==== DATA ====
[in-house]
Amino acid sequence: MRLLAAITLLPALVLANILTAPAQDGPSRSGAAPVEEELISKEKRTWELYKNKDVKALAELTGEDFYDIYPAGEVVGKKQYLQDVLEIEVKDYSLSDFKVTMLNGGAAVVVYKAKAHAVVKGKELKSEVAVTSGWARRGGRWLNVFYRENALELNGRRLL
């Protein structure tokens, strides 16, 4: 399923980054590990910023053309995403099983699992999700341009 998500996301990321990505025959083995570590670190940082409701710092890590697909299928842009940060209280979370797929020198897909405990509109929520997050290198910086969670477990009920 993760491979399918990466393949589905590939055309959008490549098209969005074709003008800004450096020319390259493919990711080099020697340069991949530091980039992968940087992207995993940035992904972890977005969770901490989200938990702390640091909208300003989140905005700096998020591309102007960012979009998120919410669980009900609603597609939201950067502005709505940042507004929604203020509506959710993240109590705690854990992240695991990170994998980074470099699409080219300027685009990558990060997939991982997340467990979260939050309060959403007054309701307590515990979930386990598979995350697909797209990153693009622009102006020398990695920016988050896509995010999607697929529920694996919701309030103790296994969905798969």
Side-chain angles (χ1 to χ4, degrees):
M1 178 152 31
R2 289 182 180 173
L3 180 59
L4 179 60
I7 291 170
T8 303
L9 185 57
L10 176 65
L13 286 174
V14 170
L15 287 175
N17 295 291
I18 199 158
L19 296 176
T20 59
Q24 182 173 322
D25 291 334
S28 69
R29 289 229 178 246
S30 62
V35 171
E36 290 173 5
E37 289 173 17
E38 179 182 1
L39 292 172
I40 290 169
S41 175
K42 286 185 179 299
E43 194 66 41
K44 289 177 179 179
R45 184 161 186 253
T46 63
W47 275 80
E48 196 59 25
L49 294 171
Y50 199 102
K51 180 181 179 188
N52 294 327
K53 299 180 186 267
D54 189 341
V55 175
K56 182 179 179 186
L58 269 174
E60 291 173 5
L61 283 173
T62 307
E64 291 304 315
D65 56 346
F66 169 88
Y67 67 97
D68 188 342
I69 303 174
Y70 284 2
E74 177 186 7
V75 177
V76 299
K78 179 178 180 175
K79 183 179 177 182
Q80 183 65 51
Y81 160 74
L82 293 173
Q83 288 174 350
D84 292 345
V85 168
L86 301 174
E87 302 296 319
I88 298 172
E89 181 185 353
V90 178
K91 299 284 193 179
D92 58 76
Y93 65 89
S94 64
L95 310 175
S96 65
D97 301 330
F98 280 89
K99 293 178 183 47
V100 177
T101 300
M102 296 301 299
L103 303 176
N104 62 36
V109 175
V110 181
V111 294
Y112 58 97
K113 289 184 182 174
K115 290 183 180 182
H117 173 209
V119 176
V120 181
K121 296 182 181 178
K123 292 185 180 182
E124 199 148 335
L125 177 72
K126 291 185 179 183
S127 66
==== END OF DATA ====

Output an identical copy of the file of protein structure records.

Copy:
[in-house]
Amino acid sequence: MRLLAAITLLPALVLANILTAPAQDGPSRSGAAPVEEELISKEKRTWELYKNKDVKALAELTGEDFYDIYPAGEVVGKKQYLQDVLEIEVKDYSLSDFKVTMLNGGAAVVVYKAKAHAVVKGKELKSEVAVTSGWARRGGRWLNVFYRENALELNGRRLL
């Protein structure tokens, strides 16, 4: 399923980054590990910023053309995403099983699992999700341009 998500996301990321990505025959083995570590670190940082409701710092890590697909299928842009940060209280979370797929020198897909405990509109929520997050290198910086969670477990009920 993760491979399918990466393949589905590939055309959008490549098209969005074709003008800004450096020319390259493919990711080099020697340069991949530091980039992968940087992207995993940035992904972890977005969770901490989200938990702390640091909208300003989140905005700096998020591309102007960012979009998120919410669980009900609603597609939201950067502005709505940042507004929604203020509506959710993240109590705690854990992240695991990170994998980074470099699409080219300027685009990558990060997939991982997340467990979260939050309060959403007054309701307590515990979930386990598979995350697909797209990153693009622009102006020398990695920016988050896509995010999607697929529920694996919701309030103790296994969905798969």
Side-chain angles (χ1 to χ4, degrees):
M1 178 152 31
R2 289 182 180 173
L3 180 59
L4 179 60
I7 291 170
T8 303
L9 185 57
L10 176 65
L13 286 174
V14 170
L15 287 175
N17 295 291
I18 199 158
L19 296 176
T20 59
Q24 182 173 322
D25 291 334
S28 69
R29 289 229 178 246
S30 62
V35 171
E36 290 173 5
E37 289 173 17
E38 179 182 1
L39 292 172
I40 290 169
S41 175
K42 286 185 179 299
E43 194 66 41
K44 289 177 179 179
R45 184 161 186 253
T46 63
W47 275 80
E48 196 59 25
L49 294 171
Y50 199 102
K51 180 181 179 188
N52 294 327
K53 299 180 186 267
D54 189 341
V55 175
K56 182 179 179 186
L58 269 174
E60 291 173 5
L61 283 173
T62 307
E64 291 304 315
D65 56 346
F66 169 88
Y67 67 97
D68 188 342
I69 303 174
Y70 284 2
E74 177 186 7
V75 177
V76 299
K78 179 178 180 175
K79 183 179 177 182
Q80 183 65 51
Y81 160 74
L82 293 173
Q83 288 174 350
D84 292 345
V85 168
L86 301 174
E87 302 296 319
I88 298 172
E89 181 185 353
V90 178
K91 299 284 193 179
D92 58 76
Y93 65 89
S94 64
L95 310 175
S96 65
D97 301 330
F98 280 89
K99 293 178 183 47
V100 177
T101 300
M102 296 301 299
L103 303 176
N104 62 36
V109 175
V110 181
V111 294
Y112 58 97
K113 289 184 182 174
K115 290 183 180 182
H117 173 209
V119 176
V120 181
K121 296 182 181 178
K123 292 185 180 182
E124 199 148 335
L125 177 72
K126 291 185 179 183
S127 66